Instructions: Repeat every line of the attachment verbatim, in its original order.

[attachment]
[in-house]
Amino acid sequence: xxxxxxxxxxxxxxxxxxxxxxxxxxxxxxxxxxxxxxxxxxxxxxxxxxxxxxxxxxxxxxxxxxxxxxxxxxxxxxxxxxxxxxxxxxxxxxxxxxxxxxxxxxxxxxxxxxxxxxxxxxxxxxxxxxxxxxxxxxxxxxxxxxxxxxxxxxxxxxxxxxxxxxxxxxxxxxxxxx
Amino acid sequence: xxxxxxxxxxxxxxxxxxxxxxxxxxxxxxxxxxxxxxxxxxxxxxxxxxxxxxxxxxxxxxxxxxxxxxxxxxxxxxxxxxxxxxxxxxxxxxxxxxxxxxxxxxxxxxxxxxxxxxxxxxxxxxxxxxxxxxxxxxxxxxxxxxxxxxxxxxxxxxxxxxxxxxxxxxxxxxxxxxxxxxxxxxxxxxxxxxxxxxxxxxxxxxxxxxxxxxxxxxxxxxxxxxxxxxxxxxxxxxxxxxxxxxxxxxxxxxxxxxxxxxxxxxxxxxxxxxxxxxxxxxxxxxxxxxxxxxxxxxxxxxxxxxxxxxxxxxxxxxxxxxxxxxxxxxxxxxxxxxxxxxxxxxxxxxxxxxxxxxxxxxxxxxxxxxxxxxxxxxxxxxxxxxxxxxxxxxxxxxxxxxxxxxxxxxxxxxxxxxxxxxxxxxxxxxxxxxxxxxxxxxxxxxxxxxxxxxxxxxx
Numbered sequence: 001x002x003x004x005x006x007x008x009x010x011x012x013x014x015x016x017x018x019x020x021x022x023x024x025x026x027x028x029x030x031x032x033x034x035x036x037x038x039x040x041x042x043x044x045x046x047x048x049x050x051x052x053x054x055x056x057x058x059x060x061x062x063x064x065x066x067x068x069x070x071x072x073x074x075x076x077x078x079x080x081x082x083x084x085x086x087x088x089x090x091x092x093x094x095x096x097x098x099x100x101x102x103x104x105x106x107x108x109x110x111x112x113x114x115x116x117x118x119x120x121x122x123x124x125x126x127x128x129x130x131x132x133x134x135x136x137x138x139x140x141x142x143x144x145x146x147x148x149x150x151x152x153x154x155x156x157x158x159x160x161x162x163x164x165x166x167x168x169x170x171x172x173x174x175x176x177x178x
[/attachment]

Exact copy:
[in-house]
Amino acid sequence: xxxxxxxxxxxxxxxxxxxxxxxxxxxxxxxxxxxxxxxxxxxxxxxxxxxxxxxxxxxxxxxxxxxxxxxxxxxxxxxxxxxxxxxxxxxxxxxxxxxxxxxxxxxxxxxxxxxxxxxxxxxxxxxxxxxxxxxxxxxxxxxxxxxxxxxxxxxxxxxxxxxxxxxxxxxxxxxxxx
Amino acid sequence: xxxxxxxxxxxxxxxxxxxxxxxxxxxxxxxxxxxxxxxxxxxxxxxxxxxxxxxxxxxxxxxxxxxxxxxxxxxxxxxxxxxxxxxxxxxxxxxxxxxxxxxxxxxxxxxxxxxxxxxxxxxxxxxxxxxxxxxxxxxxxxxxxxxxxxxxxxxxxxxxxxxxxxxxxxxxxxxxxxxxxxxxxxxxxxxxxxxxxxxxxxxxxxxxxxxxxxxxxxxxxxxxxxxxxxxxxxxxxxxxxxxxxxxxxxxxxxxxxxxxxxxxxxxxxxxxxxxxxxxxxxxxxxxxxxxxxxxxxxxxxxxxxxxxxxxxxxxxxxxxxxxxxxxxxxxxxxxxxxxxxxxxxxxxxxxxxxxxxxxxxxxxxxxxxxxxxxxxxxxxxxxxxxxxxxxxxxxxxxxxxxxxxxxxxxxxxxxxxxxxxxxxxxxxxxxxxxxxxxxxxxxxxxxxxxxxxxxxxxx
Numbered sequence: 001x002x003x004x005x006x007x008x009x010x011x012x013x014x015x016x017x018x019x020x021x022x023x024x025x026x027x028x029x030x031x032x033x034x035x036x037x038x039x040x041x042x043x044x045x046x047x048x049x050x051x052x053x054x055x056x057x058x059x060x061x062x063x064x065x066x067x068x069x070x071x072x073x074x075x076x077x078x079x080x081x082x083x084x085x086x087x088x089x090x091x092x093x094x095x096x097x098x099x100x101x102x103x104x105x106x107x108x109x110x111x112x113x114x115x116x117x118x119x120x121x122x123x124x125x126x127x128x129x130x131x132x133x134x135x136x137x138x139x140x141x142x143x144x145x146x147x148x149x150x151x152x153x154x155x156x157x158x159x160x161x162x163x164x165x166x167x168x169x170x171x172x173x174x175x176x177x178x